Content marketing has for many years been one of the main pillars of search engine optimization. In today’s landscape, content marketing isn’t optional if you want to rank well in search results when local patients search for key procedures and services.
Often, practices ask us about blogging as a method of building up search engine ranking, especially if they have worked with marketing companies that don’t specialize in healthcare. While blogging can be effective for many businesses and even for healthcare in some cases, it is often not the most important or effective type of content marketing for a medical practice.
We frequently talk to practices that have focused so much time and effort on blogging, but are lacking in content on their key procedures and services–the information patients need to make informed decisions about their healthcare. These practices often don’t get the results they want from content marketing because they have not focused on creating the right content.
Let’s talk about why procedure and service content is different from blog content, and how medical practices should use each.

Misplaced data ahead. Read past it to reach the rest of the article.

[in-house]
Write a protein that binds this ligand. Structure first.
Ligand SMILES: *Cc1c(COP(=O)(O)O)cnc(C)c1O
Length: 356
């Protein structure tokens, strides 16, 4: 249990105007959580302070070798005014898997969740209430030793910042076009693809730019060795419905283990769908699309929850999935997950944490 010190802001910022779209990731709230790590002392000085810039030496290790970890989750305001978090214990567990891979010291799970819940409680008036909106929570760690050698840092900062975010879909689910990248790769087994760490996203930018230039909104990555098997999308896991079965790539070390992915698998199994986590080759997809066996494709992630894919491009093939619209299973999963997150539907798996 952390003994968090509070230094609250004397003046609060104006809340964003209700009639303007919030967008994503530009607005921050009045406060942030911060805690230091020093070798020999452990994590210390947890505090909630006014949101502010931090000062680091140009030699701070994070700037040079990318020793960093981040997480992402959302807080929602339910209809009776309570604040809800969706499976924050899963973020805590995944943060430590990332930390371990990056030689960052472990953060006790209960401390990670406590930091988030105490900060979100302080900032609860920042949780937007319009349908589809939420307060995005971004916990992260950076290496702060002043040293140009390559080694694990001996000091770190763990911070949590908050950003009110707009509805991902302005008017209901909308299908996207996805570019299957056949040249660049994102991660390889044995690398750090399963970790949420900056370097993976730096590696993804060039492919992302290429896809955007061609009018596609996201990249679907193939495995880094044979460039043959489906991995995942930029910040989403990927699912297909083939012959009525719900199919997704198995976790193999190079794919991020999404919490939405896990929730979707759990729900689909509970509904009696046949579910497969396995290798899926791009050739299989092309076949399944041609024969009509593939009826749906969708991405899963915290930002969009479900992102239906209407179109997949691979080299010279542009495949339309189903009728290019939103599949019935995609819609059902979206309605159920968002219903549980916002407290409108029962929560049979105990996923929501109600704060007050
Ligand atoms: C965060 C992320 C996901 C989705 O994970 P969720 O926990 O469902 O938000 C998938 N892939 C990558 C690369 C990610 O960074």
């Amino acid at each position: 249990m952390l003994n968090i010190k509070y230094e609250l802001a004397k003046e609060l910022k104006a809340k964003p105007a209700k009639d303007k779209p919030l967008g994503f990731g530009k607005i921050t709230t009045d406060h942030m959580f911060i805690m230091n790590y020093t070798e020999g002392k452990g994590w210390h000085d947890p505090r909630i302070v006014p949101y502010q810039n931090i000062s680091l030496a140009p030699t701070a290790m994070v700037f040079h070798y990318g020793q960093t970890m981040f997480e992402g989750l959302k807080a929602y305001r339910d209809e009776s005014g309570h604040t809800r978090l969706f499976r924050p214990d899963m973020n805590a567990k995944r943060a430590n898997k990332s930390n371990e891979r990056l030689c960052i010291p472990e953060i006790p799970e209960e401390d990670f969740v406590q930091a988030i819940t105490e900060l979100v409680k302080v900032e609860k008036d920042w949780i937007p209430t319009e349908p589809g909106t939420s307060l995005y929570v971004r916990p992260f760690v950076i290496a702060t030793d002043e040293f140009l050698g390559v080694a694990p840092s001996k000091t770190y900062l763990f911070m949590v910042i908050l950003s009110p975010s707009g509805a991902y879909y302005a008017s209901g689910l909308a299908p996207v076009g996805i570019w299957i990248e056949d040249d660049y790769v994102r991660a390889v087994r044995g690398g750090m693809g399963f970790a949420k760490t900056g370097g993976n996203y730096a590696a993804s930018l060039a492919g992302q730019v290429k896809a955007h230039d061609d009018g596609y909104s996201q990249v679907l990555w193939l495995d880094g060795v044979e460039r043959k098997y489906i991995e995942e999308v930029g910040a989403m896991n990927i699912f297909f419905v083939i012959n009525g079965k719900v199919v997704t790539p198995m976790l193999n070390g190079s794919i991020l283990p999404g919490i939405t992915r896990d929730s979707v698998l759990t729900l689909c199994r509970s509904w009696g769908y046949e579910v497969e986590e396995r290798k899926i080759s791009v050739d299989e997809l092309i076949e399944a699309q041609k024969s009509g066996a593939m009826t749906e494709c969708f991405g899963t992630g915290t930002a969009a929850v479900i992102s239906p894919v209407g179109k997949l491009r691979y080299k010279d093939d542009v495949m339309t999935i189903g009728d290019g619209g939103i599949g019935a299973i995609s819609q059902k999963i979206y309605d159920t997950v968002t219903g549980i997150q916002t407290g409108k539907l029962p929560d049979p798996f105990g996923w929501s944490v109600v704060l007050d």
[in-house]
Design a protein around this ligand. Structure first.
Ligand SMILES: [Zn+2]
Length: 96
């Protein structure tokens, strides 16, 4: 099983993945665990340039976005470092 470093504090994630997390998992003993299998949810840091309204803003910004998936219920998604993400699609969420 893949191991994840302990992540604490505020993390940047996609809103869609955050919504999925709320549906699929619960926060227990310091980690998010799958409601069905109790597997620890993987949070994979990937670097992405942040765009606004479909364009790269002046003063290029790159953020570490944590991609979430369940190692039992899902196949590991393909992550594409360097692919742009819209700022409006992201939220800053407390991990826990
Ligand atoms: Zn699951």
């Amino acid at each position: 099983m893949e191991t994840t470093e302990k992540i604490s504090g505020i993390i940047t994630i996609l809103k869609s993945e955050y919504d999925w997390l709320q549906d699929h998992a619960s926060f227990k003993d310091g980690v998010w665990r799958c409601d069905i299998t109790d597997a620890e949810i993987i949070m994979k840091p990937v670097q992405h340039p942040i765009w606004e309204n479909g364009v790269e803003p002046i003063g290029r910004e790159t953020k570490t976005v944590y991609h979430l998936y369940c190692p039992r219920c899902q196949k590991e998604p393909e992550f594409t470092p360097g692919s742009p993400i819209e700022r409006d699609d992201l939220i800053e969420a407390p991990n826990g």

Procedure & Service Content: The Foundation of a Practice’s Marketing
Patients come to your practice because they are looking for a particular procedure or service. More than likely, you aren’t the only practice in the area offering this particular procedure or service, so it’s common for patients to do some research online before deciding where to go.
This is where procedure and service content comes in. If you want to convince patients to choose your practice for a particular procedure or service, you have to give them enough information to make that decision. That means you have to do more than simply put a list of all of your procedures and services on your website–you have to provide more information about the procedure/service and what to expect.
All too often, when we do see practices that have procedure/service content, it’s just generic content that any practice could have, on par with that of WebMD and similar sites.
However, WebMD is not your competition–other practices are.
While it’s helpful to patients to give them some basic information about the procedure/service, patients want to know why they should choose YOU. What can they expect from your practice in particular? What sort of training, expertise, and experience do your doctors have relative to this procedure or service? This lets patients know why you specialize in this procedure/service and is why we call this a practice’s Specialties content.
This type of content also tends to perform very well in search engines because it is considered more “evergreen.” It is the foundation of what your practice does and how it can help patients. If your practice starts blogging before you have this key procedure/service content in place, you likely won’t get the patients you want because you aren’t really answering their questions.
Why Isn’t Blogging a Top Priority for Medical Practices?